Producing a PDF for a Printer

Okay, so using a preformatted Word template, I did the page layout for Slave Labor, which just now exists solely in e-book form. By way of learning how to do it, I want to present the thing to a print-on-demand outfit, of which there happens to be one here in lovely uptown Phoenix.

Normally, when you prepare page layouts for a printer, your PDFs have to include what is called crop marks, which show the printer where the edge of the printed document will be, based on your book or brochure’s trim size. They look like this:

cropmarks-02Word has no function that will allow you to make these. So, a PDF created with Word’s “Save as PDF” command does not now and never will have crop marks.

To make them, you need to create the PDF with Adobe Acrobat Pro.

I happen to have a copy of Acrobat Pro on my handy-dandy MacBook, but the dear Apple folks rendered it nonfunctional with one of their endless effing updates. So it’s useless.

In response to Apple’s decision to invalidate an entire suite of software used by millions of graphic artists, most of whom own Macintosh hardware because said software works a lot better on a Mac than in Windows, Adobe moved its programs into the cloud.

You can still buy a copy of Acrobat Pro: $445. Or you can subscribe to it, to the tune of $15 a month.

This presents a problem or two or three…

1. Honestly. I don’t want to buy an expensive piece of software or commit to a year-long subscription unless I know I’m going to use it regularly and a lot. We’re still in the sandbox stage with this self-publishing adventure. I don’t know if or when the enterprise will show any sign of life. If it doesn’t return $445 (so far Slave Labor has netted a grandiose $9), buying it will cost my shirt.

2. Some printers do not require crop marks. I don’t know which do and which don’t, and I don’t want to approach the outfit I hope to work with until I have something to approach them with. Finished camera-ready PDFs.

3. At $15/month, the free-standing version would pay for itself in 30 months. Clearly, if my scheme to build a publishing empire quickly comes to naught (as most entrepreneurial schemes do), then I’d be better off to subscribe to the Acrobat’s cloud version. But… What if the self-publishing scheme works? Then a monthly subscription will soon add up to a huge waste of money. If the plan flies, I’ll need to software in-house, not off on someone else’s servers.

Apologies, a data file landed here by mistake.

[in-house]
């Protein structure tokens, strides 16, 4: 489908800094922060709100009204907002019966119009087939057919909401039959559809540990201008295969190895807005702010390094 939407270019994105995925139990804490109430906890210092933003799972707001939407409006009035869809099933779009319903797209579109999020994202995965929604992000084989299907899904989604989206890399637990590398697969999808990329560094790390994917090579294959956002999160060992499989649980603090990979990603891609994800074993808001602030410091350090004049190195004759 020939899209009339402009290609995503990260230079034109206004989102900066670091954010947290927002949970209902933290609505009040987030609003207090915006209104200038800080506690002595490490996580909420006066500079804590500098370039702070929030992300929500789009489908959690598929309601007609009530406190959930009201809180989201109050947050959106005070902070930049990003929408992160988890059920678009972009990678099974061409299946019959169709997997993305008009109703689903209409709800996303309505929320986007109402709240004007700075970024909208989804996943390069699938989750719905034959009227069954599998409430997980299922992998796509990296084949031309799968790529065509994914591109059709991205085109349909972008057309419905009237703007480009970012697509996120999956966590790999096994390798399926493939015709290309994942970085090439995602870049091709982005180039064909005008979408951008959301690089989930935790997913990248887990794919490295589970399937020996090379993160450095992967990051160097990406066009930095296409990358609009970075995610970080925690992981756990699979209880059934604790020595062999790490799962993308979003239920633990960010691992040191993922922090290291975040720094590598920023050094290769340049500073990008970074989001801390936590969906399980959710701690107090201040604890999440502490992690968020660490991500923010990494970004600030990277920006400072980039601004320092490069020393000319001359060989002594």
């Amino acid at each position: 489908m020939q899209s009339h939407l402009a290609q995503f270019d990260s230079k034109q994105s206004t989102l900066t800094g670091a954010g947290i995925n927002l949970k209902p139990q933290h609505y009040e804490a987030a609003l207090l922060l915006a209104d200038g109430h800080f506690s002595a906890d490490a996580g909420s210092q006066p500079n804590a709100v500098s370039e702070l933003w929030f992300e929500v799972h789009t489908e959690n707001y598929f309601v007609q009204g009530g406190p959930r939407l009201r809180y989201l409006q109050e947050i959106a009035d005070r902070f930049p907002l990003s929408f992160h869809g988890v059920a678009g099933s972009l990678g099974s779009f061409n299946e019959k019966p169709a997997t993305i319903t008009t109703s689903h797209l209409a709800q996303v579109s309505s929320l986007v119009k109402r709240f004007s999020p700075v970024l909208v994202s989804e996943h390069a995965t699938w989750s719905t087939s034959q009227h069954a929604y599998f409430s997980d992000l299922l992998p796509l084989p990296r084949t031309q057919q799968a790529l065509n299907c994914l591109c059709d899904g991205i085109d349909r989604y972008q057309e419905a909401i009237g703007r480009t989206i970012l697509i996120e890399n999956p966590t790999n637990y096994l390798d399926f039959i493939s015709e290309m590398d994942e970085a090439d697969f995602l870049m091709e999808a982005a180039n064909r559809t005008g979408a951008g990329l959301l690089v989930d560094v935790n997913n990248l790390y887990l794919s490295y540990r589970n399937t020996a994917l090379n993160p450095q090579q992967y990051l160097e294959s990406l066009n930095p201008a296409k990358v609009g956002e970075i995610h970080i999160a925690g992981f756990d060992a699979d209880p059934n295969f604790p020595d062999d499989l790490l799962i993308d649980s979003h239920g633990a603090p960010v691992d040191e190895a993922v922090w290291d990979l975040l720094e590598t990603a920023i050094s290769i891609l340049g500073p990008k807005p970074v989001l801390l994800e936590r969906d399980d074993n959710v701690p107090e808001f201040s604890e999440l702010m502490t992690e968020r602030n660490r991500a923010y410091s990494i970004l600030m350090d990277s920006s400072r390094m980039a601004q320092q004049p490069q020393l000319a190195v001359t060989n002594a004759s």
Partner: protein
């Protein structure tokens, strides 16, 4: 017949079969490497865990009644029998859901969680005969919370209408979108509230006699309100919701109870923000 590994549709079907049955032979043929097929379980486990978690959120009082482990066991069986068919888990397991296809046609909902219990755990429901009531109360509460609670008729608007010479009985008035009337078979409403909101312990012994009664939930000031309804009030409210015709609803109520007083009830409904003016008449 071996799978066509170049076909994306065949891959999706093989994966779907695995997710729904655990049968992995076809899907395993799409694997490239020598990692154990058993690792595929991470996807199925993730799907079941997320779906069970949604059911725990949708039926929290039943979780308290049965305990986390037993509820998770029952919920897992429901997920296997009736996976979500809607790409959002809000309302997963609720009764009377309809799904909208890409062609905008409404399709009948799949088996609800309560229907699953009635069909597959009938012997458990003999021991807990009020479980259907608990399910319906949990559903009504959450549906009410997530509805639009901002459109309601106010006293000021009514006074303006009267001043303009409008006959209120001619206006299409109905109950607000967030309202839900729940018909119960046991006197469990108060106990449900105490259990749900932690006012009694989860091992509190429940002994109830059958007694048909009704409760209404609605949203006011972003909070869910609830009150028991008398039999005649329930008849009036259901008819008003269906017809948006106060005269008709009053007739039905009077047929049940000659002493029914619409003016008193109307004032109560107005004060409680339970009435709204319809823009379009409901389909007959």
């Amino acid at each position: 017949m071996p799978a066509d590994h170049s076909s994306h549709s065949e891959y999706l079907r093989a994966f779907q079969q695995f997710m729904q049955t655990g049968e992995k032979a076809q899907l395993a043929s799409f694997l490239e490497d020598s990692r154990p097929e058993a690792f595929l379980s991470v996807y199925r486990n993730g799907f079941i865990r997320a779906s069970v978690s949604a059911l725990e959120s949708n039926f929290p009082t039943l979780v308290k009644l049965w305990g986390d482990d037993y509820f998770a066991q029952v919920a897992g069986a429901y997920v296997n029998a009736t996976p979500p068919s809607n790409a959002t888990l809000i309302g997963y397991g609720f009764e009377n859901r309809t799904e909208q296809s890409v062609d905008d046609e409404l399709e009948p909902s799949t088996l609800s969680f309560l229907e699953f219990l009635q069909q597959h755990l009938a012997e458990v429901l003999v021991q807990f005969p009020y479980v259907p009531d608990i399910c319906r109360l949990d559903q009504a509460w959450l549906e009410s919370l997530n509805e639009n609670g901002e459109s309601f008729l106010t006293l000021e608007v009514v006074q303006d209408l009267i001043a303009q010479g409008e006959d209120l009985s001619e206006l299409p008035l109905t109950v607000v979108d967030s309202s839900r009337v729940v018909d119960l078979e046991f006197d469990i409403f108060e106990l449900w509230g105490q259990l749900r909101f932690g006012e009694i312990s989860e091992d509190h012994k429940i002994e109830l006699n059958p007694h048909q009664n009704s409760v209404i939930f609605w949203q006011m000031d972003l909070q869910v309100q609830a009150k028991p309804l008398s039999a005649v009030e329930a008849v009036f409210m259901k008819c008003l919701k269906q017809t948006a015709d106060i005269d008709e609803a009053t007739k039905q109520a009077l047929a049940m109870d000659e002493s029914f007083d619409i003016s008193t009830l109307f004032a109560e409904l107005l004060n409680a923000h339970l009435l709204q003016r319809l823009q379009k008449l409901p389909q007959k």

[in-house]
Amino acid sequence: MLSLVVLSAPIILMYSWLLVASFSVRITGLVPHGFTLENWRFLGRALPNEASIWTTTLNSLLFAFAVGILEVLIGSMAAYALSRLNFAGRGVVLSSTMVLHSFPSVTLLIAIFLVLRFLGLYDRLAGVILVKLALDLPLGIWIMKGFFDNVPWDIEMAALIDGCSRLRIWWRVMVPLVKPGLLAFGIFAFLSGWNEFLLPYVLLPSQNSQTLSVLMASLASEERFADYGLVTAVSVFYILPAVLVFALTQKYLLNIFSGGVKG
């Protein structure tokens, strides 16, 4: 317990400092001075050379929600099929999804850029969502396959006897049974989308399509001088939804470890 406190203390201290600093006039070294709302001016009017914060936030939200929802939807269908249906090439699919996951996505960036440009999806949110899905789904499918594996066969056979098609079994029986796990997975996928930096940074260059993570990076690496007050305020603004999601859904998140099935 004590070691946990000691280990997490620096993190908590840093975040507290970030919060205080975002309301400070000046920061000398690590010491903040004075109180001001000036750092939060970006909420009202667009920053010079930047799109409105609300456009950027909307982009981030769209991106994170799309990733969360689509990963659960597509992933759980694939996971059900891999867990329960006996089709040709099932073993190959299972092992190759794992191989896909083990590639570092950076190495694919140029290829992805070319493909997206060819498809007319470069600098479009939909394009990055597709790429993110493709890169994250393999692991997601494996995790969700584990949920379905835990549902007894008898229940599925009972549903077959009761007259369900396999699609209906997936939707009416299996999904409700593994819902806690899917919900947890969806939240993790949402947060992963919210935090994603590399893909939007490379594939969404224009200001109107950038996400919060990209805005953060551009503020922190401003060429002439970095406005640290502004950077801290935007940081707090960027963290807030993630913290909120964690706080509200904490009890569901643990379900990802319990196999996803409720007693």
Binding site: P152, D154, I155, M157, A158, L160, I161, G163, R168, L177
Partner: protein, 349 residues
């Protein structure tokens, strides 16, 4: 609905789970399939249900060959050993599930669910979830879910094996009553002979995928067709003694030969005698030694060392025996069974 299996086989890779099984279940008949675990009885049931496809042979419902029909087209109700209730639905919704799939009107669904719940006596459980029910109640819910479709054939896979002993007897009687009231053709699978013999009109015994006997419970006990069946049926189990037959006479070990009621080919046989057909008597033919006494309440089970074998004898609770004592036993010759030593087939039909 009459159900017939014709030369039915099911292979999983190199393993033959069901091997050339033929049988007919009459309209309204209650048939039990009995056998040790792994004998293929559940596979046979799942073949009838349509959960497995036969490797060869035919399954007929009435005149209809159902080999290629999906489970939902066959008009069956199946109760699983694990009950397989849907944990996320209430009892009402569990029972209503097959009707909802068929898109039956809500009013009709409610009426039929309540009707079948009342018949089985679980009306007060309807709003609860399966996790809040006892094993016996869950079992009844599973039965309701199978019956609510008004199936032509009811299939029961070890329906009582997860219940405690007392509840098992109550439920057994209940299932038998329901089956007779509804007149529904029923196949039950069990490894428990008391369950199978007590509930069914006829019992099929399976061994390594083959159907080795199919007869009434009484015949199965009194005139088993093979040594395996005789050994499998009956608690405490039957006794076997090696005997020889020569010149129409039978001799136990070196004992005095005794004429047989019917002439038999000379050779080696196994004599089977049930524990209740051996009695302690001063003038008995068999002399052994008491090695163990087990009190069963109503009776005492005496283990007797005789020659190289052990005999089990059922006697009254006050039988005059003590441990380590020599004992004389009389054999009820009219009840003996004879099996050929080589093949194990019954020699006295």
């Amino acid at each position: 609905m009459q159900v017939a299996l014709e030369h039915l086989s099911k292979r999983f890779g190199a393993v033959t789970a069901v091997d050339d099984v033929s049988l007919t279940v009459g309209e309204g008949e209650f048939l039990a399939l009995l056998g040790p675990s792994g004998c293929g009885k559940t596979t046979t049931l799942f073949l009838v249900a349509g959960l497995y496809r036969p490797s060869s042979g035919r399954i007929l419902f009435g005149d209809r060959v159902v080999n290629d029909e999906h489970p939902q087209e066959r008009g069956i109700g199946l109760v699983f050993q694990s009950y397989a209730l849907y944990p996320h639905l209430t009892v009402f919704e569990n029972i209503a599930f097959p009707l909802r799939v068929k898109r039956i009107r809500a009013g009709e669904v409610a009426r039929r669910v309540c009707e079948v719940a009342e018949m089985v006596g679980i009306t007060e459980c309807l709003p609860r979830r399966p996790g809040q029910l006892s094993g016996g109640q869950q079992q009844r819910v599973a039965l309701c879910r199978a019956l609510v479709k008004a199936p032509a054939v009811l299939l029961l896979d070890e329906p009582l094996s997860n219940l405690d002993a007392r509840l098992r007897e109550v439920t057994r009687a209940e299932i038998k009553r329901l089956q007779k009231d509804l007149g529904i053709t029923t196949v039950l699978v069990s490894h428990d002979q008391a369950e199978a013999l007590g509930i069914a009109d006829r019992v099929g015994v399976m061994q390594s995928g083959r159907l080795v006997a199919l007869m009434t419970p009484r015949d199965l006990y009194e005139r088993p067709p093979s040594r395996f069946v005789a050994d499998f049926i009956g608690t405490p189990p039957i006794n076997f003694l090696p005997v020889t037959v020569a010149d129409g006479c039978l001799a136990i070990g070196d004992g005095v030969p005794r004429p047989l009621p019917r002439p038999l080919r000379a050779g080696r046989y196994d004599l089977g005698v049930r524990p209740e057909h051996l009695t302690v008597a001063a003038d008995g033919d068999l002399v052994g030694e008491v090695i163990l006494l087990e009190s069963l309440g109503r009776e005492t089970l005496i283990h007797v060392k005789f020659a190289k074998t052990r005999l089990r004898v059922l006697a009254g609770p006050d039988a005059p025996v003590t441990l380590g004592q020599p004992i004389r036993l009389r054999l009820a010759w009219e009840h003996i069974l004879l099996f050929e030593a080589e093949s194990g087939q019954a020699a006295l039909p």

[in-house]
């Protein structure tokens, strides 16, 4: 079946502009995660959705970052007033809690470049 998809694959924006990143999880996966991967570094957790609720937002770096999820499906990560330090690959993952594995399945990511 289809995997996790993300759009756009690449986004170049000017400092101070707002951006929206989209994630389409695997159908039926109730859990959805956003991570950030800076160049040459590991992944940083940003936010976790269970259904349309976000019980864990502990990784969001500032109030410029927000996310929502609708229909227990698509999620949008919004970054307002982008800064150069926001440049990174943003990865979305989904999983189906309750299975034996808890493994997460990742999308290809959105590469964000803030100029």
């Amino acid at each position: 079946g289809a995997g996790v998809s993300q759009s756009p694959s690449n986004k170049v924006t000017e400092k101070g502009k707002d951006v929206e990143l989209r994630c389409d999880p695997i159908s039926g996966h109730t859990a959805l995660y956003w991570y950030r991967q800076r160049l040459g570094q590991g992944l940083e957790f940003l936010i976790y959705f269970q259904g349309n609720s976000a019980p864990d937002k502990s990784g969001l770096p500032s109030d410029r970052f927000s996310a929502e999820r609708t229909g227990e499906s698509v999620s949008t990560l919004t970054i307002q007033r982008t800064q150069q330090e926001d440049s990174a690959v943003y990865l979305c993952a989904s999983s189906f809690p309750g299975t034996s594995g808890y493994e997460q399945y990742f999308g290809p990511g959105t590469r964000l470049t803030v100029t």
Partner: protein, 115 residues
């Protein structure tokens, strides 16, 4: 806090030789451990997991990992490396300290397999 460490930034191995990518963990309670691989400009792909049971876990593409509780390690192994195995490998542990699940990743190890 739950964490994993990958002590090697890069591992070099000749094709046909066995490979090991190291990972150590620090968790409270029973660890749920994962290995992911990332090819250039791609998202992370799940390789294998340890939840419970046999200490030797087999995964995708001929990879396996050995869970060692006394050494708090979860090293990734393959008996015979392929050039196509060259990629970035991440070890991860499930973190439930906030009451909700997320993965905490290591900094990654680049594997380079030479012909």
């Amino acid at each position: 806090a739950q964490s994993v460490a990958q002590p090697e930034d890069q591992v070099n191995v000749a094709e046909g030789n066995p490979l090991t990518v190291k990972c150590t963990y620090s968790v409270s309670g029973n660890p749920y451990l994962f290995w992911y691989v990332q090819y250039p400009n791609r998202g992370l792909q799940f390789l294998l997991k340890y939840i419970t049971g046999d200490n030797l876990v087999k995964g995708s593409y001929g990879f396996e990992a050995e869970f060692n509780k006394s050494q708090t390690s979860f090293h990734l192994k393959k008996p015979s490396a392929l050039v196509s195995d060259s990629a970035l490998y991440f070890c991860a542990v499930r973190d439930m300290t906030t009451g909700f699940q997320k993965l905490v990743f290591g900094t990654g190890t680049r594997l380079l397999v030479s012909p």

What it boils down to is, at this point,

a) one would be crazy to subscribe to Acrobat Pro; and
b) one would be crazy to buy Acrobat Pro.

We might call that the horns of a dilemma.

Since I’ll need to emit about eight or ten books, all of which are sitting in a queue waiting to be published, before I can know whether the plan is going to work, and because only three of them need to appear in hard copy very soon, we need a way around this dilemma.

Someone, somewhere must have Acrobat Pro and be willing to hire out for the tiny job of opening a Word file, clicking on two boxes in Acrobat’s “settings,” converting the file to PDF, and saving the result to disk.

So when I was over in the East Camelback district a day ago, I dropped by a FedEx office where my little editorial company does fairly regular business.

Sure, they said. They’d be happy to that conversion. Ten bucks a pop.

Well. That would be better than Adobe’s $15/month subscription if I crank out no more than one bookoid a month.

But right now we have not only the proposed PoD version of Slave Labor, we have How I lost 30 Pounds in Four Months, which is ready to go in e-book format and also should be produced in hard copy, and we have 18 serialized “books” generated from the FireRider novel, all of which in theory could be offered either as e-books or in hard copy. Plus once all the serials go online, I could in theory offer a “collector’s edition” of FireRider, publishing everything in one expensive volume.

I could easily put these things out at the rate of one a week, which is precisely what I intend to do.

At ten bucks a hit, I’d be better off to subscribe to Acrobat. And if the other novel in hand comes into being very soon, then I might as well buy the damn program.

So I called my honored graphic designer and whined about this state of affairs. He said he could make the conversions — no problem. And we discussed converting his cover design for the originally planned full-length FireRider into covers for each of 18 serials. He doesn’t seem to think it’ll be very hard, but…when I reached him yesterday he was knee-deep in another client’s project. So how soon we’ll get that under way remains to be seen.

He also said, though, that most printers demand crop lines only if the pages contain bleeds. If it’s all copy, the way most novels are, crop lines may not be necessary at all.

Amateur publishers across the Web report variously that some PoD publishers won’t look at your project unless you’ve generated PDFs with crop lines, and some will take PDFs without them.

 At any rate… It appears that if you can find someone to use Acrobat Pro to create your PDFs for a minimal amount — $5 per document or less — it would be cost-effective to hire the job out. At $10 per document: maybe not so much.